Vitamin A Review
Vitamin A refers to a group of unsaturate nutritional organic compounds which includes retinol, retinal, retinoic acid, carotenois, and beta-carotene. They are all essential for vision and has been believed to lower the risk for prostate cancer. It keeps the tissues and skin healthy and plays an important role in bone growth. Diets rich in the carotenoids, alpha carotene and lycopene, seem to lower lung cancer risk and act as antioxidants. Foods rich in the carotenoids, lutein and zeaxanthin may protect against cataracts.
Vitamin A is categorized under Vitamins.
It is also known as tretinoin, retinol, retinoic acid.
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Benefits and Effectiveness
- Skin Quality - Decrease 
- Skin dryness - Increased 
- Wrinkles - Decrease 
- Skin pigmentation - Increased 
What is Vitamin A?
What is Vitamin A?
Aside from helping you see in the dark, Vitamin A, also known as retinol, also functions in boosting the immune system, and enhancing cell growth. There are two types of Vitamin A, these are retinoids and beta-carotene. Retinoids is the active form of Vitamin A that can be found in animal products, whereas beta-carotene comes from plants.
According to an analysis of numerous studies, Vitamin A supplementation alone, or combining it with other antioxidants, is associated with increased risk of mortality from all cases. High doses of Vitamin A or any antioxidants can have more negative effects than positive ones.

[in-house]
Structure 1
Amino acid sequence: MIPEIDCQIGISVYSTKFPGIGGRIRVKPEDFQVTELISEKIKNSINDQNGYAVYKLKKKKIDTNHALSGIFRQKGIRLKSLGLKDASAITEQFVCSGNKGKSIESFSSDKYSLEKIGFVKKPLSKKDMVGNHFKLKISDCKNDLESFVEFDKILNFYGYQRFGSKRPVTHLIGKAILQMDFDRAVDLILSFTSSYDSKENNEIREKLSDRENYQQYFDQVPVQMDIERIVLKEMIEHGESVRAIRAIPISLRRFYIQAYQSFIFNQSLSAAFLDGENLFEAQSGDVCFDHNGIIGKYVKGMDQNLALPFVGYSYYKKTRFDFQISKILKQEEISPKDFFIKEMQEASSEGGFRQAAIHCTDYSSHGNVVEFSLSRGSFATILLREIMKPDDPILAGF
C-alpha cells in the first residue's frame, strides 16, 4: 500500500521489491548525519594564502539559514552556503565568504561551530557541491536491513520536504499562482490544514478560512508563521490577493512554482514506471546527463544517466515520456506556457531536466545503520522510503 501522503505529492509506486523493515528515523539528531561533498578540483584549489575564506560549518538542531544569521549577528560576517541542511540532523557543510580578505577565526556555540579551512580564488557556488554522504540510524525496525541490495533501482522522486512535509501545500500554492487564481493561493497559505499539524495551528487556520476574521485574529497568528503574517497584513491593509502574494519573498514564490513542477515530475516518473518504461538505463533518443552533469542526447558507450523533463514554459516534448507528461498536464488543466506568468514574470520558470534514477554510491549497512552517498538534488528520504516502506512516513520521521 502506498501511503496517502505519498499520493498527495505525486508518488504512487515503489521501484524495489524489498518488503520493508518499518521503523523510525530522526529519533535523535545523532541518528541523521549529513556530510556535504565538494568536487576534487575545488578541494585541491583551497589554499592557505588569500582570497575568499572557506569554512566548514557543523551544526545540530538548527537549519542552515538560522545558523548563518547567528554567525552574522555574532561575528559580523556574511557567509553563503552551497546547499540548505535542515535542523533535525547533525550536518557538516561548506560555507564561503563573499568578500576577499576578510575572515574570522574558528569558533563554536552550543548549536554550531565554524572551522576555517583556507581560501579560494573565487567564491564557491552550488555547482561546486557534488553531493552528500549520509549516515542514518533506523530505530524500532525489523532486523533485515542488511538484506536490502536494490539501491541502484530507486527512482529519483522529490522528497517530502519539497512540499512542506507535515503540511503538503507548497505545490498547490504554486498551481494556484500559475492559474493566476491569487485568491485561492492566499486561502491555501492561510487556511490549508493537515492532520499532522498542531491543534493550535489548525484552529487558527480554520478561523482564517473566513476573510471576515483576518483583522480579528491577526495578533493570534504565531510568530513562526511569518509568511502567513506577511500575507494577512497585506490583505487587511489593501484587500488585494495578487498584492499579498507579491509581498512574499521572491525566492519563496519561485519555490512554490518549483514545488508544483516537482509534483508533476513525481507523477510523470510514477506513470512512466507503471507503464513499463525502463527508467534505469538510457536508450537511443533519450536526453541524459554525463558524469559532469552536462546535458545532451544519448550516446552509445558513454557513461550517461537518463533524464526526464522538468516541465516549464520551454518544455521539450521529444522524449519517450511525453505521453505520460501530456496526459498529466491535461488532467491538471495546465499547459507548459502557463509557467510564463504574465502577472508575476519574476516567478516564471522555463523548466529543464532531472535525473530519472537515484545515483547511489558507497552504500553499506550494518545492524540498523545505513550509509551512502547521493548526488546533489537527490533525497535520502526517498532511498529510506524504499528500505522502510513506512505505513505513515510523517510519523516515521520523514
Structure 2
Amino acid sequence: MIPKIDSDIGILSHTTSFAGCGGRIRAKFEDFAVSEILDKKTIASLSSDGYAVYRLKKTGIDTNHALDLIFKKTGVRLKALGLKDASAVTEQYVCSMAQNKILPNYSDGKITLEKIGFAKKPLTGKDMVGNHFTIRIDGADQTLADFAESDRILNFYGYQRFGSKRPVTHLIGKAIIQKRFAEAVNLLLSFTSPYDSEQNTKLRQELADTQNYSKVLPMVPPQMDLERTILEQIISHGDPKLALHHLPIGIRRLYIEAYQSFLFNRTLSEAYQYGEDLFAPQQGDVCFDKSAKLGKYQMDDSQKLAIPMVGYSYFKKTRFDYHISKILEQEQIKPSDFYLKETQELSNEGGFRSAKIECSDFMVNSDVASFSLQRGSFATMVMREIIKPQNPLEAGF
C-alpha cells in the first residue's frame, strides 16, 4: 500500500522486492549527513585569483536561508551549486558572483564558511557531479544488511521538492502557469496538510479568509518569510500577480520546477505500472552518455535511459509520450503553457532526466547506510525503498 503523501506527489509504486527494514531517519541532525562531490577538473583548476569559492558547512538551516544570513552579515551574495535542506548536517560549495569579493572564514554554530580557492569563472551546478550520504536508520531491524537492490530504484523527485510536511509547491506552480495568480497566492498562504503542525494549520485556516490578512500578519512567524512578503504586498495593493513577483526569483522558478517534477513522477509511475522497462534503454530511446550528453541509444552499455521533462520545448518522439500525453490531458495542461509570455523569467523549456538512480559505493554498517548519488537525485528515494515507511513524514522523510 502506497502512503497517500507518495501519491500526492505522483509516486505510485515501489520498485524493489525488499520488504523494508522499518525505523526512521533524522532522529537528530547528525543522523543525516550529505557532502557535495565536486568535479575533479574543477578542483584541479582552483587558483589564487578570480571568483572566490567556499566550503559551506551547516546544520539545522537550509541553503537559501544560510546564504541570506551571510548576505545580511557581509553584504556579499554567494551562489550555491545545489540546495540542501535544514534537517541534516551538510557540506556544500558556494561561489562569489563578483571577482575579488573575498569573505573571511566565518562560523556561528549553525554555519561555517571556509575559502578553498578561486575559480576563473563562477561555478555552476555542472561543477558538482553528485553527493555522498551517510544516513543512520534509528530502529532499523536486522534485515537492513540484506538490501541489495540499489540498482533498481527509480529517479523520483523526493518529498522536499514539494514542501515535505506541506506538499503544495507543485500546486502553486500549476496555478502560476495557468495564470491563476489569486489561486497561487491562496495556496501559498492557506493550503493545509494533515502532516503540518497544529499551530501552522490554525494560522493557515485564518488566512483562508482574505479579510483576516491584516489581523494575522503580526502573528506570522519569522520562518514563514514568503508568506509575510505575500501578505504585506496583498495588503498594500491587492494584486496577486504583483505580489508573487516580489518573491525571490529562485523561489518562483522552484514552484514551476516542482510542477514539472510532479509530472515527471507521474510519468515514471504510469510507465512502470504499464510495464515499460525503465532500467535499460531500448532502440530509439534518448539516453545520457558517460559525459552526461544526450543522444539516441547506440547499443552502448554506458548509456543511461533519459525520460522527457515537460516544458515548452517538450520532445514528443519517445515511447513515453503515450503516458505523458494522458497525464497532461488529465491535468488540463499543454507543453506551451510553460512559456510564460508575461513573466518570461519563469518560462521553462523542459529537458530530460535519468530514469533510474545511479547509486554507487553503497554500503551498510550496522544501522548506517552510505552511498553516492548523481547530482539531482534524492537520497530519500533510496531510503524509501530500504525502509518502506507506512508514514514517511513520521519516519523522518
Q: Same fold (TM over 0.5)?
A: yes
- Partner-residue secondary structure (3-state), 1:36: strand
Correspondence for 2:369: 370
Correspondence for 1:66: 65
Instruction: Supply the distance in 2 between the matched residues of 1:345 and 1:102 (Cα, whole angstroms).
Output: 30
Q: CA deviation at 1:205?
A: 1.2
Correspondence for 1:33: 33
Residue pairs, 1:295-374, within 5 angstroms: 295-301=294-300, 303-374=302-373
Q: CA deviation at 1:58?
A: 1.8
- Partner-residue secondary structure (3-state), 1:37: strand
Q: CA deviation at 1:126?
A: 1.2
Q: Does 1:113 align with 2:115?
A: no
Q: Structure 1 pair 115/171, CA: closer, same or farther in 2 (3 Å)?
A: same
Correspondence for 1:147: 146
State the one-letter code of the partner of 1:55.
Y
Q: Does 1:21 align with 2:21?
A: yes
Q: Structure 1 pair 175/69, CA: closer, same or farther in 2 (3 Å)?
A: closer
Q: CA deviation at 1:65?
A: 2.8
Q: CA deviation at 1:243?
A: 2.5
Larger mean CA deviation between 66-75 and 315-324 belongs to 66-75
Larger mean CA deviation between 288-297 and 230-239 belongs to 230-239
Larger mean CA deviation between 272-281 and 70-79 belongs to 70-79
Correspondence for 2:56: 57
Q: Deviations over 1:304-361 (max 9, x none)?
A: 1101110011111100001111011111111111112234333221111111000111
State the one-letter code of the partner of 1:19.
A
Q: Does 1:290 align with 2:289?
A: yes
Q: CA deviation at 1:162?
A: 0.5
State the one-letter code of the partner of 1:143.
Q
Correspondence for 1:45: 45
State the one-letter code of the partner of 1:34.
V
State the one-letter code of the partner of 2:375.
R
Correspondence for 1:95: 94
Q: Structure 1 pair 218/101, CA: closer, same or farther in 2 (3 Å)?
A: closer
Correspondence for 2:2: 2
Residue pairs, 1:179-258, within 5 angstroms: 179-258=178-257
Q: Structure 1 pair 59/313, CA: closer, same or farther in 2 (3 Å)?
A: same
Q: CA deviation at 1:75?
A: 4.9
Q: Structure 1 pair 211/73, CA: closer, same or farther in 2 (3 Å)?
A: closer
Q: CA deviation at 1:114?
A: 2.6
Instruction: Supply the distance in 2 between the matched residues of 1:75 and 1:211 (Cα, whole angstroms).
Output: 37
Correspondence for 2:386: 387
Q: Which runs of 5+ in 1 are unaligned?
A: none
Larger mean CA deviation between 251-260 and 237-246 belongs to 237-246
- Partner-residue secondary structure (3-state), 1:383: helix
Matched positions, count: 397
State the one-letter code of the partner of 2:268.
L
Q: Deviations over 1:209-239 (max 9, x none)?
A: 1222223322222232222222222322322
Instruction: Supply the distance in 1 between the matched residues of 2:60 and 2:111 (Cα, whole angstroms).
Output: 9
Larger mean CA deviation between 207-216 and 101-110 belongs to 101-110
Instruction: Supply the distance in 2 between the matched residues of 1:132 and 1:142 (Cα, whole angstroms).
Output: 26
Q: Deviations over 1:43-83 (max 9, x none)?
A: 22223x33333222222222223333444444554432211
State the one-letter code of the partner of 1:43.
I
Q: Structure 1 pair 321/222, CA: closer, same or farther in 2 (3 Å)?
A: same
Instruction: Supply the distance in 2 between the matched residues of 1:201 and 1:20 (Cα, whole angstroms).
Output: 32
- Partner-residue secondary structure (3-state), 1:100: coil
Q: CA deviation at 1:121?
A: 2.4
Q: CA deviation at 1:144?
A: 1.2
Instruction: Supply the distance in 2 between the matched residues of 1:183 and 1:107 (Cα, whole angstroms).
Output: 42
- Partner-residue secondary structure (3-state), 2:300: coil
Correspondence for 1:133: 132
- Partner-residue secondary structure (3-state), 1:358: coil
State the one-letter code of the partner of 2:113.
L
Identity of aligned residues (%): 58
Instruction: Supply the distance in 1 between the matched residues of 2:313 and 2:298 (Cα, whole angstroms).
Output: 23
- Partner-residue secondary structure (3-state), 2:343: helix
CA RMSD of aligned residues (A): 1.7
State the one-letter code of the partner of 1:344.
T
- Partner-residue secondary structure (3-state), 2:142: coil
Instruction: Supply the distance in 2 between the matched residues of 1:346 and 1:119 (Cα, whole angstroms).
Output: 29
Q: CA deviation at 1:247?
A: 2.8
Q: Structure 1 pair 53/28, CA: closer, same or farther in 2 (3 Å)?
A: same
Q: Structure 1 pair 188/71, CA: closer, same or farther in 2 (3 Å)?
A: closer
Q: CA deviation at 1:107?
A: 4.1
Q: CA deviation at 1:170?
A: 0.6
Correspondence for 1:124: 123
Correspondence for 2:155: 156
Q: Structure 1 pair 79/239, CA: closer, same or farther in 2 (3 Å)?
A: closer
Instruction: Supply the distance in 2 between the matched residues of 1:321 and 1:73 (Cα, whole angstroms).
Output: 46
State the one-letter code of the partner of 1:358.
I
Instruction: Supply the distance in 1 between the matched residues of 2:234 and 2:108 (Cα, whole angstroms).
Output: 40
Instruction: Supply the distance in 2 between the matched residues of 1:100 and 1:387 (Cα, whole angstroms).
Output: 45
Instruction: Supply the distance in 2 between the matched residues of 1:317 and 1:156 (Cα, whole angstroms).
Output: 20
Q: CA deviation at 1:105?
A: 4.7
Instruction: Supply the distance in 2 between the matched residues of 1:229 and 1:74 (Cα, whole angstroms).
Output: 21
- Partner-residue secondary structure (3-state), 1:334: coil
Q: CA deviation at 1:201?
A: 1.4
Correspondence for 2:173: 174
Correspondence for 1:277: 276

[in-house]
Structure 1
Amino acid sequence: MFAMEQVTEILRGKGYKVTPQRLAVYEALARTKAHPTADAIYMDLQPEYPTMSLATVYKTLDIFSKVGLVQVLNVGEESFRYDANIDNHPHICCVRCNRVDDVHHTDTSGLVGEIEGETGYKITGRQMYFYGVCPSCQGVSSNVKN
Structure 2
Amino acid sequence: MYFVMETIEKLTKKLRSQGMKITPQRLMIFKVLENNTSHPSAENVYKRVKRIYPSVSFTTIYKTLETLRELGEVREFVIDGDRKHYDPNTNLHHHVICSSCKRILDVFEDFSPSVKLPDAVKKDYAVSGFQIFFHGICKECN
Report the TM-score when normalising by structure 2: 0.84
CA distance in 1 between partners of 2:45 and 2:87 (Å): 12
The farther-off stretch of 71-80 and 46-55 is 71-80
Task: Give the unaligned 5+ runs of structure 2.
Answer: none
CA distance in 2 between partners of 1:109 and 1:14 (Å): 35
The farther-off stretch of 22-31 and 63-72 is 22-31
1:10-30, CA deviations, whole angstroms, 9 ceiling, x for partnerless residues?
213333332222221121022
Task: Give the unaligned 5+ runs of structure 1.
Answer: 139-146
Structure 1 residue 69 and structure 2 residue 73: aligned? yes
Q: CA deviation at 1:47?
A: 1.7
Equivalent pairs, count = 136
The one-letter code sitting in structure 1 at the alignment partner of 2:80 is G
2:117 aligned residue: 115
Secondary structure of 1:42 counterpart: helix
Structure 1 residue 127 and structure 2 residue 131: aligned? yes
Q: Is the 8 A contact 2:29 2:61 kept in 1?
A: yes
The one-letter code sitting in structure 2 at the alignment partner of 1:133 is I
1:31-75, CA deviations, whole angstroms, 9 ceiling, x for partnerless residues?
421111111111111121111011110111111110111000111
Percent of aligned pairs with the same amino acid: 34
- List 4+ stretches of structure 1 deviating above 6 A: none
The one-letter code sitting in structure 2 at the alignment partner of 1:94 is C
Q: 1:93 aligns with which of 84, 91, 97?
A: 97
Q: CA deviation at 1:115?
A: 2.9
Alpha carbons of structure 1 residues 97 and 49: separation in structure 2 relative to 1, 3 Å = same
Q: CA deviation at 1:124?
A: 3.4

Since less is known about the benefits of Vitamin A supplementation, the American Heart Association suggests obtaining antioxidants, including beta-carotene, by having a healthy, well-balanced diet that is high is vegetables, fruits, and whole grains, rather than taking supplements.
What benefits does Vitamin A give?
The function of Vitamin A varies. According to the National Library of Medicine (NLM), Vitamin A not only functions in creating the pigments in the retina of your eye, but also plays an important role in helping you have a good vision, especially during the night, and overall eye health. According to some experts, age-related macular degeneration is the most common cause of vision loss in the elderly population. The risk of developing this type of disease can be reduced by about 25 percent by taking high levels of antioxidants like Vitamin A, in combination with Zinc. A study conducted by the National Eye Institute was able to prove this claim.
Beta-carotene can likewise function as an antioxidant, preventing cellular damage caused by free radicals. Many antioxidants can help prevent the development of cancer, however, according to the National Cancer Institute, there is no enough evidence to prove that beta-carotene supplements can prevent cancer. However, many studies claim that by consuming all-natural beta-carotene through fruits and vegetables can be helpful in preventing cancer. Other functions of Vitamin A include repairs skin, helps skin grow, maintenance of bones, teeth, white blood cells, soft tissue, mucus membranes, and the immune system.
Fetal alcohol syndrome, due to maternal alcohol use, is known to cause Vitamin A deficiency. Treating pregnant women with vitamin A can help prevent fetal alcohol syndrome according to a study conducted by the Department of Internal Medicine.
Effects of Vitamin A to certain conditions
- Psoriasis: Psoriasis is a long-lasting autoimmune disease characterized by patches of abnormal skin. The effectiveness of Vitamin A in treating psoriasis has been discussed and reviewed by some researchers. Studies have shown that Vitamin A has the ability to reduce symptoms associated with psoriasis.
- Prevention of Miscarriage: Increased risk of miscarriage has been associated with malnutrition. On the other hand, too much intake of vitamin A could increase the risk of birth defects. Taking Vitamin A supplements beyond the suggested dose is strongly prohibited for pregnant women.